Before the pandemic, we observed that marine pollution was dominating the headlines, and within the industry we also noticed a trend - consumers were rejecting plastic because of how it contributed to marine pollution. So, we asked ourselves - are we the polluter or should we be the protector of the oceans? What do we have to do to be a protector? We thought about how we could take our integrated approach for recycling post-consumer plastic, and apply it to ocean bound plastics.

Then we realised we should benchmark ourselves against an international standard and we chose Ocean Bound Plastic Certification by Zero Plastic Oceans because their vision was aligned to ours, which is a focus on traceability and the authenticity of the chain of custody. We studied the certification guidelines, got in touch, showed them the data we had and embarked on an audit. The audit was carried out by certification group Control Union and witnessed by WWF Singapore and WWF Malaysia.

We received our certification in 2020. It is vital to us because it created a solid basis for our ESG (Environmental, Social and Governance) narrative. We talk about ESG all the time, and receiving this certification allows us to substantiate what we are trying to do. We are able to showcase the traceability of our system. We use a mass balance approach, where everything is documented, and we can trace everything - right down to the origin of the collected plastics.

Taking a closer look at the mass balance approach for recycled content in plastics
The Mass Balance approach is a “chain of custody model” that can be used to track the portion of sustainable material used in a product at the beginning of the production process and the amount allocated in the final product. It is an established concept in the industry. For instance, the mass balance approach has been used for years to show the amount of “organic cotton” used in textiles.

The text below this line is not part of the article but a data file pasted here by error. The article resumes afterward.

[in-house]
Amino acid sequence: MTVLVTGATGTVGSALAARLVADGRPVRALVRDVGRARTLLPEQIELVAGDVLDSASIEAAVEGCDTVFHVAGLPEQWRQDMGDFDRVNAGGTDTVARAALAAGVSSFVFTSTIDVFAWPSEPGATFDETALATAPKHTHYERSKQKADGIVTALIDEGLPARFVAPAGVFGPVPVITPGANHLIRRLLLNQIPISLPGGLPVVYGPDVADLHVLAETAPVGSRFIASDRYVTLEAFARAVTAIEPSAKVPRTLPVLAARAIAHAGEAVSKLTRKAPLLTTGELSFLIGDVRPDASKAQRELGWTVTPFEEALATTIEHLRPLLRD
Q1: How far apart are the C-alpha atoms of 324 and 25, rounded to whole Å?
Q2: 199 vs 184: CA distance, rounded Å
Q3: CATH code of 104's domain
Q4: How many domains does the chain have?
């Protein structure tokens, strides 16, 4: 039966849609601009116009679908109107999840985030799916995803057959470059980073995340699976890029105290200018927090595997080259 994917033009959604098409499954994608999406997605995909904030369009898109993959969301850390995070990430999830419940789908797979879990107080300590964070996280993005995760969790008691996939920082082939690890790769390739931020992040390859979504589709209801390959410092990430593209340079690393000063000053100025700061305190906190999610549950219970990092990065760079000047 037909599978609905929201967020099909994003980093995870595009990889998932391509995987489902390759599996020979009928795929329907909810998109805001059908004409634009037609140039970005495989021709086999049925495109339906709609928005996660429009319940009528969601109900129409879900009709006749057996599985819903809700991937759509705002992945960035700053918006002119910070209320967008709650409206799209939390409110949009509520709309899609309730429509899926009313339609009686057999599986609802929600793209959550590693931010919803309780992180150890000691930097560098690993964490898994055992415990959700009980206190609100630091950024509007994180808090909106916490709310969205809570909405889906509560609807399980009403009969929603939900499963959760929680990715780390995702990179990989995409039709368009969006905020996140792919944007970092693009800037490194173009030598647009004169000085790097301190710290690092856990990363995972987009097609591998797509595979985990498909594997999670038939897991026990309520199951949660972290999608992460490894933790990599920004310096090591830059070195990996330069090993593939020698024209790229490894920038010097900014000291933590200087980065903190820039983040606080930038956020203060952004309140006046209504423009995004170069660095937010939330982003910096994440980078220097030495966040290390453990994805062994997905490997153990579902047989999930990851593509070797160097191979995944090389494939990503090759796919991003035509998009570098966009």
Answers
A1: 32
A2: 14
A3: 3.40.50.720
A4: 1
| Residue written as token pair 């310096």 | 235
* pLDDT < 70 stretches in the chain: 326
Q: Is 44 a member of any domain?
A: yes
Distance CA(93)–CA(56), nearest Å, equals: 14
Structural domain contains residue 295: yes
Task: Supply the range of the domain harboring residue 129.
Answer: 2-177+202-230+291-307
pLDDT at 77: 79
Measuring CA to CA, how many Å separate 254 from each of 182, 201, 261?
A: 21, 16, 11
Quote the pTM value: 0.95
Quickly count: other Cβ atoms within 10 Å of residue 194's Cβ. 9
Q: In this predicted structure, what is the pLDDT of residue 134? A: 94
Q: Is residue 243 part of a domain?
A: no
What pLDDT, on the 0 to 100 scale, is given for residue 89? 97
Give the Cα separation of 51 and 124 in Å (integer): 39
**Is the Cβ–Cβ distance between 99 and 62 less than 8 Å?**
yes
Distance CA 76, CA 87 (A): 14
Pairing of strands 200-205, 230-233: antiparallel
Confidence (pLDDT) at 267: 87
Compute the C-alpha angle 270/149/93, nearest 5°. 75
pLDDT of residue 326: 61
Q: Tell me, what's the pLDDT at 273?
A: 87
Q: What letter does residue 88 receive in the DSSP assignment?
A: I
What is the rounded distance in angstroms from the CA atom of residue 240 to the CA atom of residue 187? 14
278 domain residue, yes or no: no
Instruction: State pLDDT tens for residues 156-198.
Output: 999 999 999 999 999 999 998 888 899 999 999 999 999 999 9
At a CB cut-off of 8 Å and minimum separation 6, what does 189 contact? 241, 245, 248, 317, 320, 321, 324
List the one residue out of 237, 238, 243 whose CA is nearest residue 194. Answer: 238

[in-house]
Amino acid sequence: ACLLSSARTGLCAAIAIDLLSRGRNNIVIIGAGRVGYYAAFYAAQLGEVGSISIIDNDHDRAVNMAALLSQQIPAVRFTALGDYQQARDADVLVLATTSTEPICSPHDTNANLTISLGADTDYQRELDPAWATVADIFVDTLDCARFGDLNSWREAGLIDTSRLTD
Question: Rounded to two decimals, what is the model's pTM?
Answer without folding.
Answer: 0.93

In a similar vein, the mass balance approach can be used to determine the number of recycled plastics in a product. The approach will compare the inputs used, such as plastic waste, with the outputs from the production process. From there, the recycled content used can be calculated. It is a useful tool for companies that need to meet recycled plastic content goals or want to showcase the percentage of recycled content used in their product.
However, there are concerns in the industry on how a lack of regulations in the mass balance approach could lead to greenwashing and harm efforts to promote the circular economy. In light of this, Zero Waste Europe and ECOS, in collaboration with the Rethink Plastic Alliance, put forth 10 recommendations for the development of methods and standards in the mass balance approach.

Heng Hiap has 18 intellectual property patents and one trademark filed [for your plastic recycling technologies]. How do you stay innovative?

We have an in-house research and development team. We are always looking for new methods to reduce labour dependency and most importantly, to enhance, preserve and uncover any hidden properties we can find within plastic scraps. We look at integrating the value chain, and for each part in the chain, there are certain breakthroughs we have achieved, and intellectual properties that we have filed for.

One example is the technology we developed for exporting materials. With this innovation, instead of having five or six different batches of plastic in one 40-foot container, we can now supply just one homogenous batch. This helps to streamline the checking process and ensure production consistency for our customers.

How has embracing circular economy principles help drive business growth?

It has helped to differentiate Heng Hiap as a company that is focused on longer-term growth. We also started attracting customers and collaborators who tend to think long term and who can appreciate that it brings value to themselves when working with us. We have created a diversified portfolio that showcases sustainability as our core principle.

What would you recommend for public listed companies to do if they are interested in adopting circular economy principles in their business practices?

I think what is important is that you need to look at things from a sustainability and circularity angle. We are operating in a volatile business environment, with an ongoing pandemic and the Ukraine-Russia war adding to the uncertainties. Businesses tend to become reactive or only think for the short term. But sustainability is a marathon, not a sprint. You must think long term. Adopting a circular economy model requires your team to have an honest conversation and for top management to assess their commitment to change.

  • Tags : Sustainability